Assessing the financial services landscape at the end of 2013 you could be forgiven for thinking that absolutely nothing has changed in 12 months. Scandals, step forward the Co-operative Bank and the utterly incongruous actions of its former chairman, and service glitches, Royal Bank of Scotland again front and centre, are still abound.
The opportunity for brands to engage with start-ups is significant. Yet I am still struck by how big a gulf there is between the growing start-up and the general marketing communities. I wrote in Marketing Week earlier in the year about the opportunities for large companies to engage with these smaller, innovative businesses yet – with a few exceptions – little progress seems to have been made.
Many creative marketers and advertisers dislike research because they often think of it as focus groups that tend to water down or kill creative (mwlinks.co.uk/CampaignInsight). However, insights via market research can actually fuel creative and lead to award-winning campaigns, such as the ‘Think B4 You Speak’ campaign, targeting teens who use the term ‘gay’ as […]
In many cases, location-based marketing is still at an early, experimental stage. Decca Records, a part of Universal Music that specialises in classical and jazz, used the technology for the first time earlier this year in order to promote its artists during the Proms.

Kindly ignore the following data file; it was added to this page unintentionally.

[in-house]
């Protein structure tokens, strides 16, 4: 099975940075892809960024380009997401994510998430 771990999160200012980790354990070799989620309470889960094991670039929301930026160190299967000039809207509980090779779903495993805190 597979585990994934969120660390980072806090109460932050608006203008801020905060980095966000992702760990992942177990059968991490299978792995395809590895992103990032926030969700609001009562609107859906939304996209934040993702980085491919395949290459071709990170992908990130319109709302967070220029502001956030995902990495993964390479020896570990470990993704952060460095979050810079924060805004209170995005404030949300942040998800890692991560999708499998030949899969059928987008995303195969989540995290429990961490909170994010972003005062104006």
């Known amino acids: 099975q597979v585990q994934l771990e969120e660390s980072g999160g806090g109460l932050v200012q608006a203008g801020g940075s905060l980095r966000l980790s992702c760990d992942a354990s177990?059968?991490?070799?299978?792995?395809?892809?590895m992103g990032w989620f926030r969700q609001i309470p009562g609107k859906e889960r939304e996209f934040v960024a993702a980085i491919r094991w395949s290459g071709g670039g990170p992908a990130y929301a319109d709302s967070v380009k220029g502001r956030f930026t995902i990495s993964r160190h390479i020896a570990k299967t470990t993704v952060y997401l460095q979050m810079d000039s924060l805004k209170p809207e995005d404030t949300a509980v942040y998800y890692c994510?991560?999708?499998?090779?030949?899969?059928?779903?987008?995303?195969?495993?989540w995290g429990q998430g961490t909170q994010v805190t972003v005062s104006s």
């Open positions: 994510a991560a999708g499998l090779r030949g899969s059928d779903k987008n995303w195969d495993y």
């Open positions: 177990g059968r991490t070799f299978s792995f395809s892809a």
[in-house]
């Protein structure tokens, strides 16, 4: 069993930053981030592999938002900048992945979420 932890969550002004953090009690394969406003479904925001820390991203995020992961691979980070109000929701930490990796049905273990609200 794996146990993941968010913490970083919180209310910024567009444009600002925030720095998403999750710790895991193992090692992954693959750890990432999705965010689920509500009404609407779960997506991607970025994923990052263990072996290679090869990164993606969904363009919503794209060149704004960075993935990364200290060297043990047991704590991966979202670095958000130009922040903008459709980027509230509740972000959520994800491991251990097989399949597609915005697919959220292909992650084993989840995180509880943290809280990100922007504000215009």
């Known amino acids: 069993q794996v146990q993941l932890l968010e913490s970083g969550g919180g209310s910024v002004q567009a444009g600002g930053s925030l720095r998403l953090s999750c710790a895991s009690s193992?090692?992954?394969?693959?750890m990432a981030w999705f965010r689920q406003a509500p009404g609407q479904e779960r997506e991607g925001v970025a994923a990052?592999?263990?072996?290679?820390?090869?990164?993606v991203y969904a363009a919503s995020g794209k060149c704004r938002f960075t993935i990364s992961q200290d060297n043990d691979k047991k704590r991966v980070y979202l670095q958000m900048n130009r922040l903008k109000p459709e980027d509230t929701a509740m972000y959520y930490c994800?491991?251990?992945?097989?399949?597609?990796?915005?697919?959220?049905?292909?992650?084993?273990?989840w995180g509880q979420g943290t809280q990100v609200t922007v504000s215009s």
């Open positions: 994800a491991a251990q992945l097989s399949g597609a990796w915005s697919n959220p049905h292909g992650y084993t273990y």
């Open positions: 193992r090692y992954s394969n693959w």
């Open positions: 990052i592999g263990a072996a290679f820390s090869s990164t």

Payment services provider PayPal has overseen a rapid acceleration of its location-based services in the UK after launching a trial of its ‘check-in’ technology in the summer. The feature enables users of the PayPal app to identify shops in their vicinity that accept PayPal payment, click on them to check in and pay using their PayPal profile.
It takes an accomplished marketer to argue that a 12 per cent reduction in headcount in the marketing department is a positive step. So congratulations to Unilever’s global marketing chief Keith Weed, who presented his brand’s marketing vision for the future this week, promising to create such a streamlined, effective marketing machine that an estimated 840 people will no longer be necessary.
You might imagine that the supporters of Hull City football club are enjoying this season.